Long ago, (well, long ago in Internet years!), the content producing world split into two factions: Blogging and Micro Blogging.
People chose to either produce media rich content with full posts and unrestricted word counts (blogging), or quick messages that captured an idea succinctly (micro blogging).
Since then, the market for blogging platforms has become nearly as crowded as the market for blogs themselves, thereby muddying the distinction between full text blogs and micro blogs.
In the Beginning…there was Blog
Full text blogging grew from a very small number of people who started out publishing Web Logs that resembled descriptive journals of their daily activities. The Web Logs, or “Blogs”, were typically written in basic html and produced on stand alone pages.
Thankfully, programmers and developers have now built us content management systems that all but automate the publishing process, making blogging accessible to the general public.
Is that a Micro Blog or Are You Just Glad to Tweet Me?
The rise of micro blogs came about as influential personalities began publishing their musings online, generating thousands of followers who themselves became content contributors. Perhaps the best example of the micro blogging platform is Twitter.
Twitter allows writers to post plain text messages to a variety of followers that can be replied to and easily shared with others. It’s high profile in the media and its adoption by millions of people make it a great place to begin if you’re interested in micro blogging.
Which Platform Should You Choose?
Micro blogging is a great platform if you want to quickly record thoughts, share succinct ideas and create awareness.
Micro blogging also offers the the advantage of having a much easier audience to engage with, given that the interaction is live and in real time.
Full functioning blogs, on the other hand, allow you to develop and publish your ideas in a much more comprehensive way. You have more opportunity support and expand your ideas with images, video, links to additional sources, etc.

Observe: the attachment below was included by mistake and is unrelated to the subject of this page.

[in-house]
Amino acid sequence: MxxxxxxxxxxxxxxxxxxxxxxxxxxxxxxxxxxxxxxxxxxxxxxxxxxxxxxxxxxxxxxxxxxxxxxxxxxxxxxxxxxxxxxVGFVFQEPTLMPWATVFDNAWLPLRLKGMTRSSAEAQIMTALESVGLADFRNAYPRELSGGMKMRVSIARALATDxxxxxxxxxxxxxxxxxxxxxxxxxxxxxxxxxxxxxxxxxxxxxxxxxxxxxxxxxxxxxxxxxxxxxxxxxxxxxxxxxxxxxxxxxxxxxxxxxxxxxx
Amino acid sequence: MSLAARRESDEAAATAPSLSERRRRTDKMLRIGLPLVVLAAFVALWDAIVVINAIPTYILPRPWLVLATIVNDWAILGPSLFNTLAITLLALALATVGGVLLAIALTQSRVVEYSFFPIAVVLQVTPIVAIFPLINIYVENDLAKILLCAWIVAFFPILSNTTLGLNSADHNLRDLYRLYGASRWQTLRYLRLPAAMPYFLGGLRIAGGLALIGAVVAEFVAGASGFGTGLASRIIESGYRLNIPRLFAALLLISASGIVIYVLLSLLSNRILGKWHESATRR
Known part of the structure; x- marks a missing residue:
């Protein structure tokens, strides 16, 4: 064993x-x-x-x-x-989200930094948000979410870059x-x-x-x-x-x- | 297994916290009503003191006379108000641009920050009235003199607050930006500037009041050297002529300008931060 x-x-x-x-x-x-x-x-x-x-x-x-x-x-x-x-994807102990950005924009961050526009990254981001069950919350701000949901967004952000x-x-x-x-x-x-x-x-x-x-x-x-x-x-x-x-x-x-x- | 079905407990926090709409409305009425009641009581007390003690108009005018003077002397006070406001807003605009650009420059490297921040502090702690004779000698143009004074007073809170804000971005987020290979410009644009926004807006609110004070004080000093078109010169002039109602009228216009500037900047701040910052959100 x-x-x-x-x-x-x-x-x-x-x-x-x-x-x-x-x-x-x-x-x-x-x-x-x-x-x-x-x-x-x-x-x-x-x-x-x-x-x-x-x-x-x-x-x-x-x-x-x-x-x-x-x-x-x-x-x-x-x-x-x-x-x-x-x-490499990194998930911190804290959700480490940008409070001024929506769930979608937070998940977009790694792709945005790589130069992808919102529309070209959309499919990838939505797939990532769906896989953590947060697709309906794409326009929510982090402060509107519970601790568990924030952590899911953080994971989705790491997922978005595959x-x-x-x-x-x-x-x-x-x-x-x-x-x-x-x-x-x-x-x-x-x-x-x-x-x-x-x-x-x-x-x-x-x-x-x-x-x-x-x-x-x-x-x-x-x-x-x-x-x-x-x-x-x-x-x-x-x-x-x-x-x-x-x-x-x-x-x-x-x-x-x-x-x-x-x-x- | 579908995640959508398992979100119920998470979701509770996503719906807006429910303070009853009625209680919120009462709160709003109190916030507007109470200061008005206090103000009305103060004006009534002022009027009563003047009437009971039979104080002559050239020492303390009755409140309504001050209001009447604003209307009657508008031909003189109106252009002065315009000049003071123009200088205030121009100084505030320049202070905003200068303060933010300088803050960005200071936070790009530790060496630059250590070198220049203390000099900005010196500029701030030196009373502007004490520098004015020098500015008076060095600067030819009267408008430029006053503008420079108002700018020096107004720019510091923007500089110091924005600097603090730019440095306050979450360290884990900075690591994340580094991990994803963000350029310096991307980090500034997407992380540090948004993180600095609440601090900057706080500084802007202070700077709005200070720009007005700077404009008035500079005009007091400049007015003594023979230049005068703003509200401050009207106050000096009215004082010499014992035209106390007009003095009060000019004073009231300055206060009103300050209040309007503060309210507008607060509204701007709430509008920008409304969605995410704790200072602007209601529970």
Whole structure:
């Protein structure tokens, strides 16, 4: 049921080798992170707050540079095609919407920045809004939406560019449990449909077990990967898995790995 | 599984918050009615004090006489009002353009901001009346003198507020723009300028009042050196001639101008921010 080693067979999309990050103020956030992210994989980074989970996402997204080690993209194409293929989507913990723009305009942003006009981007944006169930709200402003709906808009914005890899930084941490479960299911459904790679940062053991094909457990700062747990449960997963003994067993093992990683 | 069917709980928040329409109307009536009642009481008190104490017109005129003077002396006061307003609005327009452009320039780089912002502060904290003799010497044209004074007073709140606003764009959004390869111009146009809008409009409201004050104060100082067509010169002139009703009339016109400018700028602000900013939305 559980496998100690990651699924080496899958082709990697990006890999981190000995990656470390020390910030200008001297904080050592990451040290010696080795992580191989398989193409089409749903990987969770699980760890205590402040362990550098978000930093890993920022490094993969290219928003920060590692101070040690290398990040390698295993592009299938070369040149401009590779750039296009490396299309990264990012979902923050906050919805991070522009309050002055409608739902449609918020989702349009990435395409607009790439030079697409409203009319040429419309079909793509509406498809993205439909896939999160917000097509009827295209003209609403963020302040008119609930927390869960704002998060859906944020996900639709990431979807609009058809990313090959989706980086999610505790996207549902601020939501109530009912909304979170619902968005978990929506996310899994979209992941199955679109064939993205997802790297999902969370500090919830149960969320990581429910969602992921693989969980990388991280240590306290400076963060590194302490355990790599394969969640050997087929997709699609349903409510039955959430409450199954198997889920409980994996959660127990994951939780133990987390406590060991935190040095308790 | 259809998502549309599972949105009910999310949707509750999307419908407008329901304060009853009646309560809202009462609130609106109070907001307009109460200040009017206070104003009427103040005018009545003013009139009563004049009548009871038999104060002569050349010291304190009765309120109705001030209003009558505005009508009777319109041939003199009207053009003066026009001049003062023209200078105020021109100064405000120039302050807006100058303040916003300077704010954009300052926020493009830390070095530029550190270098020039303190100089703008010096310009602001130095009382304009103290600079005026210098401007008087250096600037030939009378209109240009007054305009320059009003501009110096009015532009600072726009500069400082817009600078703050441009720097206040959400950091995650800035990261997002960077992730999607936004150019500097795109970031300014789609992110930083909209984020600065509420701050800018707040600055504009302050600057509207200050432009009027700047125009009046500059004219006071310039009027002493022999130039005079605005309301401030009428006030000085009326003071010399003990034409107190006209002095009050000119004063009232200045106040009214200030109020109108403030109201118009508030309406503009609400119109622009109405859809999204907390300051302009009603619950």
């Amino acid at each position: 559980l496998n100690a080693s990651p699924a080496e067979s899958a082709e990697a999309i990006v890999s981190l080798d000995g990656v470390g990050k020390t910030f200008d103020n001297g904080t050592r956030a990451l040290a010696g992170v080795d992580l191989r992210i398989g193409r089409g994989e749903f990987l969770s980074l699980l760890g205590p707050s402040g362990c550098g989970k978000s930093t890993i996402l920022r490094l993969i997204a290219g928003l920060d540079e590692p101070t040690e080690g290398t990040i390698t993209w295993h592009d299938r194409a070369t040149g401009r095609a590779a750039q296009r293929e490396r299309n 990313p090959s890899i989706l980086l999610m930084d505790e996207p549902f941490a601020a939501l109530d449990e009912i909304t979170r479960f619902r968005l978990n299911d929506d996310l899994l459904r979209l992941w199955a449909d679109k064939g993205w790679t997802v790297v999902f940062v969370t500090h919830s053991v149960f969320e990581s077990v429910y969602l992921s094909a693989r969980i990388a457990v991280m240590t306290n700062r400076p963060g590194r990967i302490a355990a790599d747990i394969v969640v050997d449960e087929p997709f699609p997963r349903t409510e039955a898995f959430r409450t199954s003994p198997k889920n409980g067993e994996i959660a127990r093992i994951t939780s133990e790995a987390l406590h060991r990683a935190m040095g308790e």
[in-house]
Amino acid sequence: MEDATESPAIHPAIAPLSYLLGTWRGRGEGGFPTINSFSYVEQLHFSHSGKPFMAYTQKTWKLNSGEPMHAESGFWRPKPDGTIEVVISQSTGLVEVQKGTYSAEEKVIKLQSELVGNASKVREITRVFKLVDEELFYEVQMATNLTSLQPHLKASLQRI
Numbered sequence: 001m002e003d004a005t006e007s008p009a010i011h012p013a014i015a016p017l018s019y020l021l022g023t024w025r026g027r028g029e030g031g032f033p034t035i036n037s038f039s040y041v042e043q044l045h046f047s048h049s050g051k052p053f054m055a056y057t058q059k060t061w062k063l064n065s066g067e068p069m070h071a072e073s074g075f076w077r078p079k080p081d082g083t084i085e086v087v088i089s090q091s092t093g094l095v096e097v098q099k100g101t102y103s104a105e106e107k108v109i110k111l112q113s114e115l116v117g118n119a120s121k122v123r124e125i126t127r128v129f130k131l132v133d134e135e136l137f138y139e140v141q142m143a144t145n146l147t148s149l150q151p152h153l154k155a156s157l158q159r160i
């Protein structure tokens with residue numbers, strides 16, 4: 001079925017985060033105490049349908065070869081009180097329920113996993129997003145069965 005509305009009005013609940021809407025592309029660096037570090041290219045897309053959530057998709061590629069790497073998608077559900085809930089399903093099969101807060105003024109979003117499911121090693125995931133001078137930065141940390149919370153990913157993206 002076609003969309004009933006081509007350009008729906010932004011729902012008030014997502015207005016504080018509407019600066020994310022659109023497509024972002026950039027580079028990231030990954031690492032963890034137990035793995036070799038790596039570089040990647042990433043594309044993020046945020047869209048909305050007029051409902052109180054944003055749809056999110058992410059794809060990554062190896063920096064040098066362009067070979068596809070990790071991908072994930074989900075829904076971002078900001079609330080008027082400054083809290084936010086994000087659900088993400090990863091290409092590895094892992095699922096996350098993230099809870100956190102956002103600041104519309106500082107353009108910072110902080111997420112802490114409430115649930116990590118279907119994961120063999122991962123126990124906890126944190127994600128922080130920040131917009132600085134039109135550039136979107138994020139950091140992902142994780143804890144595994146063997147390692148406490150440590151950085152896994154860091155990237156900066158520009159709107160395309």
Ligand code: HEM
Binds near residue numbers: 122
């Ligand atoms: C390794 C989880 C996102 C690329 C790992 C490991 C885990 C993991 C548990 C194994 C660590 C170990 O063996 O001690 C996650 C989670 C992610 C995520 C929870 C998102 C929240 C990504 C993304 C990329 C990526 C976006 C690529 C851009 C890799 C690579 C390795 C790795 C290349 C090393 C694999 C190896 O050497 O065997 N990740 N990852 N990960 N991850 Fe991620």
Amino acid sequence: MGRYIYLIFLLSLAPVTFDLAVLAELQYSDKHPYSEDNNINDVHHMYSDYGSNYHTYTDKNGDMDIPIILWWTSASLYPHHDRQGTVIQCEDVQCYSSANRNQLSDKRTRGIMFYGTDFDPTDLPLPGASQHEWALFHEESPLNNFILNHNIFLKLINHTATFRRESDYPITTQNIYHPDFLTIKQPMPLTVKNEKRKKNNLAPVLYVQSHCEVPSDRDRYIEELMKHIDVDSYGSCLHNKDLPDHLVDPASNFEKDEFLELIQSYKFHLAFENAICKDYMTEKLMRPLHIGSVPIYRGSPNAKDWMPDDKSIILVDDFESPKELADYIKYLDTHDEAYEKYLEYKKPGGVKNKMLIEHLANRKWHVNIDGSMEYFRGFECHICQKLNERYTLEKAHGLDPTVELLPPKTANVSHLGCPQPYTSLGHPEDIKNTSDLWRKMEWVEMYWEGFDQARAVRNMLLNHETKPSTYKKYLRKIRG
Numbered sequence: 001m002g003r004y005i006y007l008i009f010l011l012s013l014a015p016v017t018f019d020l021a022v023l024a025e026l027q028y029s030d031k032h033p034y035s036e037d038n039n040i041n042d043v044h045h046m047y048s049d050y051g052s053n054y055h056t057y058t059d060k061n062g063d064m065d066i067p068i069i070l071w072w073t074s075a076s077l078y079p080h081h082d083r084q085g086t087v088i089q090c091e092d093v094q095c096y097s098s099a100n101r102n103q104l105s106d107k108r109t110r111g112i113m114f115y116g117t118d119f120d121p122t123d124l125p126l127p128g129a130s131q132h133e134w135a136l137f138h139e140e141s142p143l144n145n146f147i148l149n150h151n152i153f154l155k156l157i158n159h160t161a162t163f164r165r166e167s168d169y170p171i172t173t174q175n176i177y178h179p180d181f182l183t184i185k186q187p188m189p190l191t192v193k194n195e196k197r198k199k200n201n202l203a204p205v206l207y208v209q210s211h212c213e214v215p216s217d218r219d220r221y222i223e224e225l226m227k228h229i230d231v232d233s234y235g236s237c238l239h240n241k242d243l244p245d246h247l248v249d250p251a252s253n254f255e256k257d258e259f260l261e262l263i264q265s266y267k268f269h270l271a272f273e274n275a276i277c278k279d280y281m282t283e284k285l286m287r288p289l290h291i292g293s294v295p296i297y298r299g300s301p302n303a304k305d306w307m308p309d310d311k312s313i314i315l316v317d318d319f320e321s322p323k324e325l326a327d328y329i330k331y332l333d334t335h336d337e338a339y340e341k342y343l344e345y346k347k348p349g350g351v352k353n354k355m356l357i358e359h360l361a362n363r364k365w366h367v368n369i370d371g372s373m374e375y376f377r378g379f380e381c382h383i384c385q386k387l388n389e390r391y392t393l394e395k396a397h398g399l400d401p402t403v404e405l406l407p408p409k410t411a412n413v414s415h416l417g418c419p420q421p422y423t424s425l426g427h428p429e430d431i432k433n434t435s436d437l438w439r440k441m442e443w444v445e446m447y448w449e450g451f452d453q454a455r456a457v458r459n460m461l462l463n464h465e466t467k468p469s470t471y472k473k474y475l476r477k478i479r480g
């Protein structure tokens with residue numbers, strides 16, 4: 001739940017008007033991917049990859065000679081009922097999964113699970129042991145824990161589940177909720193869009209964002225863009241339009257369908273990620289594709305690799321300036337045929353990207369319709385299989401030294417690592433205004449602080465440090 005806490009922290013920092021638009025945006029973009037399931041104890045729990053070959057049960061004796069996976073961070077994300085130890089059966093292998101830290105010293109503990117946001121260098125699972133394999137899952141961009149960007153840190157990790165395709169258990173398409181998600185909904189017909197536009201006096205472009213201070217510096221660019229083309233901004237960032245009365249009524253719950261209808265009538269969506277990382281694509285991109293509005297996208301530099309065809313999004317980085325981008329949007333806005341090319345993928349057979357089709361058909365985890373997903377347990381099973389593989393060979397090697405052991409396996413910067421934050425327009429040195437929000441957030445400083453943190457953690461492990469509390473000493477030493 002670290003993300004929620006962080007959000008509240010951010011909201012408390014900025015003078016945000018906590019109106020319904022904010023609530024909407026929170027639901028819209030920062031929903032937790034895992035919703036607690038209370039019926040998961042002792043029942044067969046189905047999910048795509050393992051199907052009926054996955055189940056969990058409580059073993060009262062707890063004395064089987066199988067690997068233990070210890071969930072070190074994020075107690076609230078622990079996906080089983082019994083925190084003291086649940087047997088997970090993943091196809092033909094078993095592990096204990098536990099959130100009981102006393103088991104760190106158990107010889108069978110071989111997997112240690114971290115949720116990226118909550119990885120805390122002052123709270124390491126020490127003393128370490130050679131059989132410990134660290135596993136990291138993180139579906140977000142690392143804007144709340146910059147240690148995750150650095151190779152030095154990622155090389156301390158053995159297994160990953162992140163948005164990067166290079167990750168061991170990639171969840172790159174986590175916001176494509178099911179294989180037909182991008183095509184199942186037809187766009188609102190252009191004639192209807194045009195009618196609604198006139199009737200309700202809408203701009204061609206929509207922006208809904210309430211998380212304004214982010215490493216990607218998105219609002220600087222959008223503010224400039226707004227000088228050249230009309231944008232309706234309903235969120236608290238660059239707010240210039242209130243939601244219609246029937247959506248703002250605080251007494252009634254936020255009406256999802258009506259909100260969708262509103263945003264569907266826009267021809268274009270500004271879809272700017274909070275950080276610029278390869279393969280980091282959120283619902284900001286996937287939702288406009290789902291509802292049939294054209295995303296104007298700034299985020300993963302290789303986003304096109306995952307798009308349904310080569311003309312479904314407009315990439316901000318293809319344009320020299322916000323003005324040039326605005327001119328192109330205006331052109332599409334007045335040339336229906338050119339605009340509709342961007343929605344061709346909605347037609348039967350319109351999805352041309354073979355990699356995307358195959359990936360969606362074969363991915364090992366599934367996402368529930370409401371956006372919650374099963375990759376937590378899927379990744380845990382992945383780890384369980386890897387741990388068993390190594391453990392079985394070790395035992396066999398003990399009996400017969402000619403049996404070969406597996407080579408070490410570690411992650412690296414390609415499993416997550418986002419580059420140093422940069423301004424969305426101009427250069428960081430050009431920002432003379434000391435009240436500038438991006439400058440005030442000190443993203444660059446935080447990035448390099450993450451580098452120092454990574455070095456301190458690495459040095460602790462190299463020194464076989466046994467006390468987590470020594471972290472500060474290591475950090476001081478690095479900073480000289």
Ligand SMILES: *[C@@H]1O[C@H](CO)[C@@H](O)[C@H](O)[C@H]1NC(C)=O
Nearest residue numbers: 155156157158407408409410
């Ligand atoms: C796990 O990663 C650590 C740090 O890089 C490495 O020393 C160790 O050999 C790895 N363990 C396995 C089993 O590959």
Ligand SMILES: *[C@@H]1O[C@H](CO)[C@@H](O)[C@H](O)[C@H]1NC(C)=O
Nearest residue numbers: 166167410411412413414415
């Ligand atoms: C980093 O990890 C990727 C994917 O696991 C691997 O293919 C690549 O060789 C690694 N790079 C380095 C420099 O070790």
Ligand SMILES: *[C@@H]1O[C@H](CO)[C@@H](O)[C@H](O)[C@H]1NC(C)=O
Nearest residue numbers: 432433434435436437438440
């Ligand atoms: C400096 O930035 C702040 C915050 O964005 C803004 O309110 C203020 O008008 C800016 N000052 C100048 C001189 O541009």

Furthermore, content management systems, such as WordPress, are now commonly used by website developers to build interactive and engaging websites for small businesses.
Further complicating the equation are hybrid platforms like Tumblr and Posterous. These platforms are capable of publishing full blog articles, yet they are as easy to use and require about the same technical knowledge as a micro blog.
In addition, micro blogs themselves, like ‘New Twitter’ (Twitter with additional features),
now allow users to attach images and display video right within the update stream, so the lines between blogging platforms and micro blogging platforms are being blurred all the time.
So, which platform should you choose?
In a nutshell, choose whichever platform that interests you enough to post (and continue to post!) relevant content to your target audience.
Note which platform your target audience is using. This will provide you a hint as to the most effective type of content for this audience.
For example, if the majority of your target audience is on Twitter, then they will probably respond to shorter, more succinct content. However, if your target audience is in the technology or education fields, for instance, they may appreciate well developed blog posts that deal with the subject matter in more detail.
For more on choosing the blogging option that’s right for you, read Getting Started with a Business Blog.
To Blog or to Micro Blog – that is the question. If you have the answer, let us know by leaving a comment below.